The sample S23 with both N implantation and msec annealing has a junction depth of 25.0 nm shallower than that of the sample S22 and impurity distribution steepness of 5.4 nm/decay steeper than that of the sample S22. A definite increase appears in a B concentration of 1.7E20 cm−3 at the depth of 10 nm, a B concentration of 2.0E20 cm−3 at the kink, and a depth of 13.7 nm of the region where the B concentration is 1E20 cm−3 or higher. A high B concentration of 2.0E20 cm−3 or higher not obtained heretofore is realized although it is lower than the B concentration of 2.4E20 cm−3 at the kink of the sample S13 with F implantation and msec annealing. It is expected that the resistance lowers.

It has been found from the results of the first and second experiments that in forming a p-type region by implanting boron (B) ions into the n-type region with antimony (Sb) ions being implanted as a background, a shallow, low resistivity p-type region can be formed by further implanting F or N ions and performing msec annealing before spike annealing. It has also been found that F and N present excellent results, as ion implantation species for a combination of B, msec annealing and spike annealing. From the viewpoint of low resistance, F is possibly superior to N. From the viewpoint of shallow junction and a box-like B concentration profile, N is possibly superior to F.

Instead of implanting B and F ions separately, molecular ions containing B and F such as BF2 may be implanted, with similar results being expected. If BF2 is to be used as implantation ion species, an acceleration energy is set to 1.5 keV or smaller at a same dose of B. Instead of implanting B and N ions separately, compound ions containing B and N may be implanted, with a possibility of similar results. Similar results are expected also in the case wherein instead of Sb, ions of a different n-type element such as As and P are implanted deeply. B is an element which is likely to diffuse abnormally and deepen a junction depth. Irrespective of a background of the substrate, in order to implant B ions shallowly and at a high concentration, it can be considered that at least ones of F or N ions are implanted and msec annealing is performed before spike annealing to form a shallow, low resistivity p-type region.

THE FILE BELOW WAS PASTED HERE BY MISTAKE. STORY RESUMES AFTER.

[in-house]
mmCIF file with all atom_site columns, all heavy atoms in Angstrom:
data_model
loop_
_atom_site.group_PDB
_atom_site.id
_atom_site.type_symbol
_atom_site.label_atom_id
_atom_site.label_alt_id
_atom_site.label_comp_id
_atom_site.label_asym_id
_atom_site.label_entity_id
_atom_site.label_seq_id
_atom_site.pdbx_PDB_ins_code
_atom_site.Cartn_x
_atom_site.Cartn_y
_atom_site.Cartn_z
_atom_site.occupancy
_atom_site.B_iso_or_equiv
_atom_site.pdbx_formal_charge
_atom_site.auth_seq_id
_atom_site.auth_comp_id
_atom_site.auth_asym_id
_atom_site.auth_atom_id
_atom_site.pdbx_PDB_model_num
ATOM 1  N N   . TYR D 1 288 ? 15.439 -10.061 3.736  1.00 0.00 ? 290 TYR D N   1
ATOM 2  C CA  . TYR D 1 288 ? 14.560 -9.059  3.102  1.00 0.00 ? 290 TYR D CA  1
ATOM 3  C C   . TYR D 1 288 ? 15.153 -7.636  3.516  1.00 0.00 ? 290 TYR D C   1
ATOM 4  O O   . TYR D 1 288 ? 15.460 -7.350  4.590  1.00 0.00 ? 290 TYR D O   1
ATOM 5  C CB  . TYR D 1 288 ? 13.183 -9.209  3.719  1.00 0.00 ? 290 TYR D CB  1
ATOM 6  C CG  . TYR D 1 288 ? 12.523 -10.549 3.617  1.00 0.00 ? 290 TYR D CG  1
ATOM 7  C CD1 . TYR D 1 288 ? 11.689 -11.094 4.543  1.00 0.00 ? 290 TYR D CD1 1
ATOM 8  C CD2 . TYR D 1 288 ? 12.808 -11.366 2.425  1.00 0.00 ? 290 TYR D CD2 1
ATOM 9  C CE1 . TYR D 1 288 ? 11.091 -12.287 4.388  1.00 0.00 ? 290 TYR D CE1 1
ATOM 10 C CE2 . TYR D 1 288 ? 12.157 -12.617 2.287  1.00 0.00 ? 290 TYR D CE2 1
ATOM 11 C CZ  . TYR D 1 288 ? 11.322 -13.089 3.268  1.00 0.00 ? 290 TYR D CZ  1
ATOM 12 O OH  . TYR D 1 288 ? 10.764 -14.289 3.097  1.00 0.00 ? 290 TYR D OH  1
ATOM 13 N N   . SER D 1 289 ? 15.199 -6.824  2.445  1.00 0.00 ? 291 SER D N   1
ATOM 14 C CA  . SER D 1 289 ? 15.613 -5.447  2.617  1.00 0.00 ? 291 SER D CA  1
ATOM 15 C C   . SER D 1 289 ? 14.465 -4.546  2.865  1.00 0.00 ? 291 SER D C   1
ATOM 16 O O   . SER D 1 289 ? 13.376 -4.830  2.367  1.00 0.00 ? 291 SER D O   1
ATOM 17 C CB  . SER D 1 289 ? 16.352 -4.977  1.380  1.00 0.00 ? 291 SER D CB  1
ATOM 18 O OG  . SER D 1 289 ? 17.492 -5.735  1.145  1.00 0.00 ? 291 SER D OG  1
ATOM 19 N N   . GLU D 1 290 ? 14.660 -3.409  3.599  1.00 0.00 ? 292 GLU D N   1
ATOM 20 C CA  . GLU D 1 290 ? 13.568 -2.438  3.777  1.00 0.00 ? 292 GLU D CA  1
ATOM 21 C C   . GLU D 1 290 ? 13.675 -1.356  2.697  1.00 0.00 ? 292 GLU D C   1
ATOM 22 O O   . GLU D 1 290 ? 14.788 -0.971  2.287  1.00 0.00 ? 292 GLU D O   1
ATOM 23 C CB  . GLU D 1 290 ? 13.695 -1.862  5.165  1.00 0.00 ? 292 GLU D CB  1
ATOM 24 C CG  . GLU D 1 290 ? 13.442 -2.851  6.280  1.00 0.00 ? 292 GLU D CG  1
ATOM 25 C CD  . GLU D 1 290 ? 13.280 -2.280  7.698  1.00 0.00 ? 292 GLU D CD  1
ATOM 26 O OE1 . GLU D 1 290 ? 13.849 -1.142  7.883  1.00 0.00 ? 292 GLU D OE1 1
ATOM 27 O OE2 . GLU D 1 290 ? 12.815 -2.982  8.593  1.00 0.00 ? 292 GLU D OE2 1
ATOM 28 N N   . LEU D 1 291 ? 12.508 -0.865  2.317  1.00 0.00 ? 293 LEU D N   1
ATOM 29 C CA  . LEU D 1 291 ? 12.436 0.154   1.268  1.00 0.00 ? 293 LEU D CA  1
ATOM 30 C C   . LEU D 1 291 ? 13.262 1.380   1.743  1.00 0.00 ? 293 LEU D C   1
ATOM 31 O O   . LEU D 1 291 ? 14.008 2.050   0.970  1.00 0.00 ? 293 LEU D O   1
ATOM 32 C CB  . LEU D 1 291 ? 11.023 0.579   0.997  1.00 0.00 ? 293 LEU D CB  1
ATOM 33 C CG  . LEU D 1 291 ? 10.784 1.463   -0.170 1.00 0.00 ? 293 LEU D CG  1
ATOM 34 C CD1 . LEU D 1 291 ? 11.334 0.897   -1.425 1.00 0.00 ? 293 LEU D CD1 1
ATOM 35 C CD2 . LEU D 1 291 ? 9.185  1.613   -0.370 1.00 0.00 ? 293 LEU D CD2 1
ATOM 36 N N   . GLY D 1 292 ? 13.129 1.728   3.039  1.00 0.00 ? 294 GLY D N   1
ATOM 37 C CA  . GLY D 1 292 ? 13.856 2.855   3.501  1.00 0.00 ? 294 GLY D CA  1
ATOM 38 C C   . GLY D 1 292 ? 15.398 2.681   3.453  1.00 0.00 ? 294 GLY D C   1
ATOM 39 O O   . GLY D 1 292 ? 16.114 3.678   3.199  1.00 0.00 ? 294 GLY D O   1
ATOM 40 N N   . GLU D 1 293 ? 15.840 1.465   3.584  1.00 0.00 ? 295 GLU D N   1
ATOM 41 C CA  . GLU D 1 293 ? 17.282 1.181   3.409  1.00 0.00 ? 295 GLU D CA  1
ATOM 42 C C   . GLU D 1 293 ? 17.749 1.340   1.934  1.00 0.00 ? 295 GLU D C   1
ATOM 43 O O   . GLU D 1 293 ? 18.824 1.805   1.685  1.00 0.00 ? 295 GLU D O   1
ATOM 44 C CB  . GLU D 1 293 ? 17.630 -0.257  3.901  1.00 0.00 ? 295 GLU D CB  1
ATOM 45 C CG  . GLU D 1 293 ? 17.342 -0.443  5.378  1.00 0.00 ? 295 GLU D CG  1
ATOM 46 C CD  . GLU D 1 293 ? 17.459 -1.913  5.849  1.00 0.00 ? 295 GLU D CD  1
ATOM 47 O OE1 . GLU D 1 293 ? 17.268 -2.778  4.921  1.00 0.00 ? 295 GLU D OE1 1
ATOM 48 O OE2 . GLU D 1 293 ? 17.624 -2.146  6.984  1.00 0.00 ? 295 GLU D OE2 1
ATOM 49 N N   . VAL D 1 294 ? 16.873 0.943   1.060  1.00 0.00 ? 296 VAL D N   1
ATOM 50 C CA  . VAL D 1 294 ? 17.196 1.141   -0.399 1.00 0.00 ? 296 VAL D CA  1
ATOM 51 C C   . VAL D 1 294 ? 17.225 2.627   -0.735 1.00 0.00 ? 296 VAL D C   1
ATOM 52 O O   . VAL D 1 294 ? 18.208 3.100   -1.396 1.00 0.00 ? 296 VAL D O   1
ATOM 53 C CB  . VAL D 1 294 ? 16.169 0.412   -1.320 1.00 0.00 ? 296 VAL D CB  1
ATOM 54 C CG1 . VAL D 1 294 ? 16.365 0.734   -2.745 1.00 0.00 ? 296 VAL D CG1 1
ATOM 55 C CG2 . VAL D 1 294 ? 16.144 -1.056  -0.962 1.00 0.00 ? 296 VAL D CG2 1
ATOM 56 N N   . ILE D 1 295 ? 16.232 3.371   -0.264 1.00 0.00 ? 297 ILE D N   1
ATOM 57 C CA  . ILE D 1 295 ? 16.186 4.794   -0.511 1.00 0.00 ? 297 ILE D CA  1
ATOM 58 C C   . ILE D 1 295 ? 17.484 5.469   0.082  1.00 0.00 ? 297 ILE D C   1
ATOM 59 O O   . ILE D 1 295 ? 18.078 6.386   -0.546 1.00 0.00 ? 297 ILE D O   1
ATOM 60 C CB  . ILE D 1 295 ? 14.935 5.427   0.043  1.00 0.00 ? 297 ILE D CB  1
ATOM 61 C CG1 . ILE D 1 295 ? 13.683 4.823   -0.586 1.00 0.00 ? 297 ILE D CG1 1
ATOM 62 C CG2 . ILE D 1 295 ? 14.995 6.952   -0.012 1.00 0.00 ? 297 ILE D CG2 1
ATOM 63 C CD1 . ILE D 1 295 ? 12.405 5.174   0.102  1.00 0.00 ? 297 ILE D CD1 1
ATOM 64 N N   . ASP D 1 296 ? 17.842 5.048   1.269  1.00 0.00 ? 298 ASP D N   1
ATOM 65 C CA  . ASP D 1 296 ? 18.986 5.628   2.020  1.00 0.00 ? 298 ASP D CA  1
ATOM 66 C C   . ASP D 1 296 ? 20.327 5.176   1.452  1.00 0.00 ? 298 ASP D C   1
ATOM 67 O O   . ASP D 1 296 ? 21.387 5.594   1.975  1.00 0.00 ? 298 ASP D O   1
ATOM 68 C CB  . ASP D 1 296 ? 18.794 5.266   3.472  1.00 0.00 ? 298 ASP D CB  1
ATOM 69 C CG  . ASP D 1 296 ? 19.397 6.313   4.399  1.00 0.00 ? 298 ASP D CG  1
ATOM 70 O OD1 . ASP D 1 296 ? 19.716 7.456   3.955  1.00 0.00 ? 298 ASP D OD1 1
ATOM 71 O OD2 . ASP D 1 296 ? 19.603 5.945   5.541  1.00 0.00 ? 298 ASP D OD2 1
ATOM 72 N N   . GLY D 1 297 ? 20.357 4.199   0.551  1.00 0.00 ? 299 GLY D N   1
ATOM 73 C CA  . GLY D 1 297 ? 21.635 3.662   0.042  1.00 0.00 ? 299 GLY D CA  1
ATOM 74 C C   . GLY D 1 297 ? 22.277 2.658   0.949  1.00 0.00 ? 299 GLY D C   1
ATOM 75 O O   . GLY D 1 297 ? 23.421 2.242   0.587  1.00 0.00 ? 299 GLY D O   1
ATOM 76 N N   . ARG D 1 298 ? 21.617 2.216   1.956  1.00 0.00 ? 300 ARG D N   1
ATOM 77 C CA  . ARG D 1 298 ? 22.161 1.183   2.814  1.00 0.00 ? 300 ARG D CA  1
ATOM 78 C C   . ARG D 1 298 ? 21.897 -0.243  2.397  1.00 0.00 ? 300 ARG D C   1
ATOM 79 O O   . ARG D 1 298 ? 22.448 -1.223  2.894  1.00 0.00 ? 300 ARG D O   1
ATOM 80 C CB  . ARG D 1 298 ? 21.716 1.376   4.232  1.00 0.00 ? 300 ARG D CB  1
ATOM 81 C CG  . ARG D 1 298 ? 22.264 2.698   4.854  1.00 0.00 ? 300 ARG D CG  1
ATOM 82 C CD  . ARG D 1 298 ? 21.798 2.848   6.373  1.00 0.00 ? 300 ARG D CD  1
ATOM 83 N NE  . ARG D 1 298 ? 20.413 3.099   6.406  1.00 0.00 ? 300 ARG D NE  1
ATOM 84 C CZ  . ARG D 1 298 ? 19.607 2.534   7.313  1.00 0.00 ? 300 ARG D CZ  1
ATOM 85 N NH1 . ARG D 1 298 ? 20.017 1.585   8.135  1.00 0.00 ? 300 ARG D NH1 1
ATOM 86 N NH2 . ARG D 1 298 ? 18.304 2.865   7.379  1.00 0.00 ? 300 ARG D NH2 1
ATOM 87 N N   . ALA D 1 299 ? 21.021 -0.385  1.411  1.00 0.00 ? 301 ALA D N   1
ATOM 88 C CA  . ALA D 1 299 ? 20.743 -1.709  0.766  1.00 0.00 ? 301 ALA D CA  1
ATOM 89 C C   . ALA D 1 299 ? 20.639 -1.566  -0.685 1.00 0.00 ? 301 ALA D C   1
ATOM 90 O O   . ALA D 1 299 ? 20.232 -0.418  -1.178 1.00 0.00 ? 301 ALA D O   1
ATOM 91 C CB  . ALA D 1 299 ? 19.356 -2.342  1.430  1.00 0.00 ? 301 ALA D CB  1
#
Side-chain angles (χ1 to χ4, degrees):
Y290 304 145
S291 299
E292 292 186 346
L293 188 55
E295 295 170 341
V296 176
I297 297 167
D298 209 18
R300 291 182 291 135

FIGS. 6A to 6J are cross sectional views illustrating sequentially the processes of a CMOS transistor manufacture method according to the first embodiment based upon the first experiment results.

As shown in FIG. 6A, an isolation region 2 for defining active regions 3 and 4 is formed in a silicon substrate 1. For example, an oxide film and a nitride film are stacked on a silicon substrate, the oxide film and nitride film are patterned by using a resist pattern. By using a silicon nitride pattern as a mask, the silicon substrate is etched to form shallow trench isolation. If necessary, liners of an oxide film and a nitride film are formed on the trench surface. The trench is buried by an oxide film formed by high density plasma (HDP) chemical vapor deposition (CVD), and an unnecessary insulating film is removed by chemical mechanical polishing (CMP). In this manner, the isolation region 2 is formed by shallow trench isolation (STI). A p-well (n-channel region) 3a is formed by implanting p-type impurities in the active region 3, and an n-well (p-channel region) 4a is formed by implanting n-type impurities in the active region 4. The surfaces of the active regions 3 and 4 are thermally oxidized, and if necessary, nitrogen is introduced, to form a gate insulating film 5. A polysilicon film is deposited on the gate insulating film 5 and etched by using a resist mask to pattern a gate electrode 6.